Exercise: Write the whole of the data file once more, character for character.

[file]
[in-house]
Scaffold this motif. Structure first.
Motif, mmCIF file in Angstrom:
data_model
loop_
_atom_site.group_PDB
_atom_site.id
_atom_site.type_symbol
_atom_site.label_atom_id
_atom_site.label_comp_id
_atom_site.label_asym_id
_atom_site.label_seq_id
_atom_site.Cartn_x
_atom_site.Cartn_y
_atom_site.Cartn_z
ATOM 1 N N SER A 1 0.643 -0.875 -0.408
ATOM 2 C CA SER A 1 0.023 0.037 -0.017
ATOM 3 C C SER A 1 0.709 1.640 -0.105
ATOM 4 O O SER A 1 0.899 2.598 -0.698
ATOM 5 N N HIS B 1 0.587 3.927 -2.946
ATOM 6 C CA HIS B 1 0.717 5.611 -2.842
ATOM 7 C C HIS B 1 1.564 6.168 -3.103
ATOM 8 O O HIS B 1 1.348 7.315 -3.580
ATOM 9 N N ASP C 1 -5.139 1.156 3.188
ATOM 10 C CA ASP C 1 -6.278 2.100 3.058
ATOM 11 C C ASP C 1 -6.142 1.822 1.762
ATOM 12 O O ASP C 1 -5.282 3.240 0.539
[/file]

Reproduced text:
[in-house]
Scaffold this motif. Structure first.
Motif, mmCIF file in Angstrom:
data_model
loop_
_atom_site.group_PDB
_atom_site.id
_atom_site.type_symbol
_atom_site.label_atom_id
_atom_site.label_comp_id
_atom_site.label_asym_id
_atom_site.label_seq_id
_atom_site.Cartn_x
_atom_site.Cartn_y
_atom_site.Cartn_z
ATOM 1 N N SER A 1 0.643 -0.875 -0.408
ATOM 2 C CA SER A 1 0.023 0.037 -0.017
ATOM 3 C C SER A 1 0.709 1.640 -0.105
ATOM 4 O O SER A 1 0.899 2.598 -0.698
ATOM 5 N N HIS B 1 0.587 3.927 -2.946
ATOM 6 C CA HIS B 1 0.717 5.611 -2.842
ATOM 7 C C HIS B 1 1.564 6.168 -3.103
ATOM 8 O O HIS B 1 1.348 7.315 -3.580
ATOM 9 N N ASP C 1 -5.139 1.156 3.188
ATOM 10 C CA ASP C 1 -6.278 2.100 3.058
ATOM 11 C C ASP C 1 -6.142 1.822 1.762
ATOM 12 O O ASP C 1 -5.282 3.240 0.539